prevents airflow from coming close to the outlet and sucking the fuel out.
Activated by the power valve in a Holley, this circuit supplies extra fuel to richen up
the main metering system. This is a vacuum signalled valve that simply opens and
closes at a preset amount of manifold vacuum. The rating is stamped on the valve: 2.5
up to 10.5 inches of mercury manifold vacuum. The lower the number, the later the
valve opens, the higher the number, the earlier the valve opens. The metering for this
system is provided by the two little holes underneath the power valve, called
"PVCR's" or Power Valve Channel Restrictions.
Replacing the power valve with a plug:
If I could, I'd put a electrical shock device in your mouse right now to deter you from
even thinking about doing this on just about any application. Think of the power valve
as a switch that richens your mixture for heavy loads and accleration. If you decide to
plug that power valve, you will need to increase the size of your main jets for proper
full power mixture to the point that your cruise mixture will be so rich that your
engine will actually foul spark plugs. Too much gas is just as bad as not enough gas.
The engine will be sluggish at low rpms, and just won't run right. If you have
problems with power valves blowing out, fix the problem, or install one of the
available power valve protectors. Summit sells one for about $8. All 4010 and 4011
Holleys, and many newer 4150 and 4160 series carbs come from the factory with this
power valve blowout protector.
Power enrichment on other carbs:
The power system on Carter/Edelbrock 4-barrel carburetors and Rochester Quadrajets
is accomplished using tapered metering rods that run inside the main jets. The rods
are held down by high manifold vacuum, which makes the fuel opening in the main
jet small. As manifold vacuum drops under power, a spring under the metering rod
holder raises the rod out of the main jet. Since the rod is tapered, as it moves out of
the main jet, the fuel opening gets bigger, resulting in a richer mixture. This system is
very effective and easy to tune, since the rod tapers can be changed and different
springs installed for varied rates of movement. And just for the record, I don't agree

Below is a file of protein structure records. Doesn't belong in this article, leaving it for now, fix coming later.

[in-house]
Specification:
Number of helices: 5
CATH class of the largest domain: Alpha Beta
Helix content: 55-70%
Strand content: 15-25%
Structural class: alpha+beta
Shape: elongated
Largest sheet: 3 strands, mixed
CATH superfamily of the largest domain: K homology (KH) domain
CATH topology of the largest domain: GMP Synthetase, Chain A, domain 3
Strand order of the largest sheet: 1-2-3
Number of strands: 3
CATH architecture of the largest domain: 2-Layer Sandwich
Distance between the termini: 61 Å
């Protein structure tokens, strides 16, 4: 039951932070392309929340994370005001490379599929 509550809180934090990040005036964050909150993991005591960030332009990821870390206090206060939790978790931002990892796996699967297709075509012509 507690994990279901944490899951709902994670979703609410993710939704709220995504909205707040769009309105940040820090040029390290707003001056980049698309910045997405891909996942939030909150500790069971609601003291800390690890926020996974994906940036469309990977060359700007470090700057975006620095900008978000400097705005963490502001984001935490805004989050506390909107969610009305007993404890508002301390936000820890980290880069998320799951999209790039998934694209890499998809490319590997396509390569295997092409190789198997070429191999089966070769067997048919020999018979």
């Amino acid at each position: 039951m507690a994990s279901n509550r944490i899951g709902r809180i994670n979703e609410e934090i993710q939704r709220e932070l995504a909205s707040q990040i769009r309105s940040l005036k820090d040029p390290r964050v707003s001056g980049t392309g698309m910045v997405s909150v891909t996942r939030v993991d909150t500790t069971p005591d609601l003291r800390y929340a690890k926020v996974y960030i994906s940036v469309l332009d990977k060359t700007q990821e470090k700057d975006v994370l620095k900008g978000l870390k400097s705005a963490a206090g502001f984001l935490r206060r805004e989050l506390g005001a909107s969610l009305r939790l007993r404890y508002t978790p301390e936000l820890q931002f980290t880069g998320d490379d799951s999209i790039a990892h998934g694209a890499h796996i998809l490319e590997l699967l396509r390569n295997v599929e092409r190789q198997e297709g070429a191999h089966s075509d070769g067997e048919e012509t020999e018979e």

with Holley's new advertising about the drawbacks of metering rods. There really are
none. I wish Holley would use them instead of power valves, because metering rods
supply a gradual increase in richness, rather than a sudden one, like what happens
when a power valve opens all at once. And, metering rods don't blow out like power
valves do occasionally.
Double Pumpers and Gas Mileage (or lack thereof...)
Have you heard people complain about the gas mileage they get with performance-
type double pumper carbs? There is a reason that the 0-4776 through 0-4781 double
pumpers get bad gas mileage. It's the jets! Surprised? Holley sizes the jets and air
bleeds on these carbs so that they run on the rich side at cruise speeds. They make
more power this way, at the detriment of gas mileage. These are competition carbs,
and they are supposed to work this way. Why don't we just put leaner jets in them to
get mileage? Because the PVCR's are small, and under power conditions, the carb will
supply an overall lean condition. What you can do is lean the jets out, then enlarge the
PVCR's to compensate for power situations.
The way to do this scientifically is to measure the diameters of the openings of stock
jets and PVCR's using drill bit diameters. Then calculate the total area of all the
openings, and add them up.
A = 3.1415 x dia x dia / 4
Decrease the main jets for proper cruise mixture, and enlarge the PVCR's until you
get back to the original area of all the openings. This way, your cruise mixture will
give you good gas mileage, and under power, the engine will have proper mixture.